|Stan Zurek, Sumpner's test, Encyclopedia Magnetica, E-Magnetica.pl|
|reviewed by Jeanete Leicht, 2013-01-17|
Sumpner's test (also known as Sumpner test, back-to-back test or load test1)) - a type of test of transformer, which allows simulation of full load conditions and hence also thermal testing, without the need for full rated load.
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Sumpner's test is used for large transformers, for which ordinary full-load tests are too expensive from the viewpoint of electrical energy consumption and difficulties in finding a suitable load capable of absorbing nominal power of the transformer. This is especially difficult, because the thermal tests require operation under full load for many hours, in order to achieve thermal equilibrium.3)4)
The test was invented by William Sumpner, who also had several patents on various electromagnetic devices.
The test requires two identical transformers (see T1 and T2 in the diagram). The primary winding of each of the transformer is connected to the main supply under nominal operating conditions. They are therefore connected in parallel.
With the secondary windings open-circuited (switch S open), the wattmeter W1 measures the sum of no-load loss of both transformers. Under such conditions the copper loss is very low so the wattmeter measures essentially the iron loss.
The secondary windings are connected in series, but with opposing polarity. The secondary voltages cancel each other so there is no current flowing after the switch S is closed. For this reason the transformers must be identical. Otherwise complete voltage cancellation cannot be achieved, and this creates problems with injecting the current into secondary windings for simulation of copper loss.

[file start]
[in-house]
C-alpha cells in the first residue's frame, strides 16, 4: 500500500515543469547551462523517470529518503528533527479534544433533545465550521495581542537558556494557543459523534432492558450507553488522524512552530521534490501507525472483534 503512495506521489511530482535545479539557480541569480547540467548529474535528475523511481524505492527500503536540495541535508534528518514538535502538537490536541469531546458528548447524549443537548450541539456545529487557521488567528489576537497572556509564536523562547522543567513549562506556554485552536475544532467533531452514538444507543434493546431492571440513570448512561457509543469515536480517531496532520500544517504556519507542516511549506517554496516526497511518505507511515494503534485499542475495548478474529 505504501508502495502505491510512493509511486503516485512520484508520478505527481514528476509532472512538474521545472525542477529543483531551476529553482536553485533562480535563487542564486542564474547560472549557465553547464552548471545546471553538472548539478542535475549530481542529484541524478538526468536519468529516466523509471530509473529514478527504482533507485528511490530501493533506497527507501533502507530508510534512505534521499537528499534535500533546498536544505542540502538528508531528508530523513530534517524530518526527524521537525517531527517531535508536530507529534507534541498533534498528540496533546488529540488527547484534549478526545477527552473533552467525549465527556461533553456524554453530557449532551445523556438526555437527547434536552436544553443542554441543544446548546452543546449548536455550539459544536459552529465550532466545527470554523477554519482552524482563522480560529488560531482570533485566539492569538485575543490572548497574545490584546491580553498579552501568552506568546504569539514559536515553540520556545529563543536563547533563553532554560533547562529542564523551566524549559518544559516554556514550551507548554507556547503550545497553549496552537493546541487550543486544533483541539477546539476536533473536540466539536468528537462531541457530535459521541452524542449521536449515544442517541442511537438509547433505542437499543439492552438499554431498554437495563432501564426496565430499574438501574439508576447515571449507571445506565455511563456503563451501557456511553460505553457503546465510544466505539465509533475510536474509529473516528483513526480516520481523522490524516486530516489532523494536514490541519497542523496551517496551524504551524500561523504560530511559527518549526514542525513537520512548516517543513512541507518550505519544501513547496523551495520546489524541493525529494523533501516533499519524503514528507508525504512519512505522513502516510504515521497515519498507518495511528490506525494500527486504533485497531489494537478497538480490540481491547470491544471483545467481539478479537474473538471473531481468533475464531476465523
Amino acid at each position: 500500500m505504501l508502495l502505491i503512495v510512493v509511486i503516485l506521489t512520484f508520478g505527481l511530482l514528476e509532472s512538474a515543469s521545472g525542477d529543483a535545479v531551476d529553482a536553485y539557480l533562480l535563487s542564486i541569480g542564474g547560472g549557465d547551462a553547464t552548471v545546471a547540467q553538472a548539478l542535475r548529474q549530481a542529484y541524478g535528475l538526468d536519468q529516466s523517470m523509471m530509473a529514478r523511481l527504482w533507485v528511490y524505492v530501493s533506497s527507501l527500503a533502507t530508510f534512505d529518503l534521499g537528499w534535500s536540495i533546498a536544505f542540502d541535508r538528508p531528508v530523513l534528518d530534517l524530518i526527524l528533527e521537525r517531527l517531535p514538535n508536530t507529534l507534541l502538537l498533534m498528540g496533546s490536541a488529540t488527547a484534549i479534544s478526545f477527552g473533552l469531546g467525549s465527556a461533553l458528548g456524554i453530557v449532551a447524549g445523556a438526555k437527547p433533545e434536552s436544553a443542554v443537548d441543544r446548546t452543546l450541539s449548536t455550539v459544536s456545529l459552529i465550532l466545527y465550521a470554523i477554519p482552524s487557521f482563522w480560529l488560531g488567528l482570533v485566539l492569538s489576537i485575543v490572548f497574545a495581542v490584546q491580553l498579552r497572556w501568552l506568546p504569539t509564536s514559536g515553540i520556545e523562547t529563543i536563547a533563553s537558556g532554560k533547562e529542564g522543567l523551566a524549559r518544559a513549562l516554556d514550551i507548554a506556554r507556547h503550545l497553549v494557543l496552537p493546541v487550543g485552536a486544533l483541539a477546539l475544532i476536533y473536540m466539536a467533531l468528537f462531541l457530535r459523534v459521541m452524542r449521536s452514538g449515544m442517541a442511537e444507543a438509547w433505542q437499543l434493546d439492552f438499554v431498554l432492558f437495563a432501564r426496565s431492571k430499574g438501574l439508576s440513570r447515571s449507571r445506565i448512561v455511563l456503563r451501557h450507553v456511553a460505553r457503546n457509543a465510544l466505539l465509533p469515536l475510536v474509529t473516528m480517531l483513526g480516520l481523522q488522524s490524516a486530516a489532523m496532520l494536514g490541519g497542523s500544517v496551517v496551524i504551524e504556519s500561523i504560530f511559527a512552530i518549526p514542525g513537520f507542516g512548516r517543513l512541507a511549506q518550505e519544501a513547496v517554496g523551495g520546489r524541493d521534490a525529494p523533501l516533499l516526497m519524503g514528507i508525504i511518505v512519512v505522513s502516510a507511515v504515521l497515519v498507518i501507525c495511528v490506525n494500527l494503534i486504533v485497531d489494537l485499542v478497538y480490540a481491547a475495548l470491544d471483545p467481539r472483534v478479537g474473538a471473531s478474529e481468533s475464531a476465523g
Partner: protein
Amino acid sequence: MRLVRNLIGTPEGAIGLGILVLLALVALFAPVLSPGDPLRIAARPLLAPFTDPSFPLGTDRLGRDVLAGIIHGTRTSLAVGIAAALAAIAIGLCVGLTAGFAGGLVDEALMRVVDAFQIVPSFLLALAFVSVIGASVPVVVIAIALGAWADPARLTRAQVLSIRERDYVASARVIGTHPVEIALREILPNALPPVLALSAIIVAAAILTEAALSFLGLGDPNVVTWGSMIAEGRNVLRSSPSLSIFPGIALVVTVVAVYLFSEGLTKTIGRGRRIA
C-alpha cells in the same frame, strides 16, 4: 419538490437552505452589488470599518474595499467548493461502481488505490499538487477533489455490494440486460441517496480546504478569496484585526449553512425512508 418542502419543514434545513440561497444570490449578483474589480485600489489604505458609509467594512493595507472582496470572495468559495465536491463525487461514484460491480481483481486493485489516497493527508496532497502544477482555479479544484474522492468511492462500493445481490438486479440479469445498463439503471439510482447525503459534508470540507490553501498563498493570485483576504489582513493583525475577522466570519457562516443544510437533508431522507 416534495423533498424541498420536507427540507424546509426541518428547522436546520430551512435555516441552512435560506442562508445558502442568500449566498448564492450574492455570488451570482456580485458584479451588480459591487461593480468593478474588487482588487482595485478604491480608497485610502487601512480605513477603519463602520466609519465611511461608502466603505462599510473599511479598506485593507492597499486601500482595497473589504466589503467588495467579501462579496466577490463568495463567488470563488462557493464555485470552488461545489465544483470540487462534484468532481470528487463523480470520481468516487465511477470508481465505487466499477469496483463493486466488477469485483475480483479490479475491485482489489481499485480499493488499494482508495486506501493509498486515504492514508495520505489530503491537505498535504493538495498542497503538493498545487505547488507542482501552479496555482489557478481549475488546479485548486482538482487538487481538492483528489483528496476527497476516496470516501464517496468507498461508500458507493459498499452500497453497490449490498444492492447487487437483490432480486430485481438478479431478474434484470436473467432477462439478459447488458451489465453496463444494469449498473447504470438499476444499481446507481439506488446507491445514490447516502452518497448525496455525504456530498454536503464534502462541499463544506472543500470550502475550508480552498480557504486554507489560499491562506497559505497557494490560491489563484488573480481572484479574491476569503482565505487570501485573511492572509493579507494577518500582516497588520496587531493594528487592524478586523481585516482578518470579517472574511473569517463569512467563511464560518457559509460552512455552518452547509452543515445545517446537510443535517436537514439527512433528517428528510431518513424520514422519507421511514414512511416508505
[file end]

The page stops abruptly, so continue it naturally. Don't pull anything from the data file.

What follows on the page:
An auxiliary variable supply (aux supply) is connected in series with the secondary windings. This can be achieved either by using a variable-amplitude voltage source with an auxiliary transformer (T aux), or a variable transformer connected directly into the circuit with the secondary windings.
The variable supply is then used to drive current into the secondary windings. Because the polarities are in opposition, a relatively low voltage is required to achieve nominal value of currents (as dictated by the nominal rating of the transformers under test). The secondary current is transformed to the primary side, but due to the parallel connection the current circulates in the primary windings, without flowing to the main supply and affecting the indication of the wattmeter W1. Therefore, the wattmeter W2 shows only the sum of copper loss for both transformers.
During the operation the transformers do not deliver any significant power, so the energy use is relatively low. However, full-load losses for both copper and iron are achieved, which allows performing full-load-like thermal tests.6)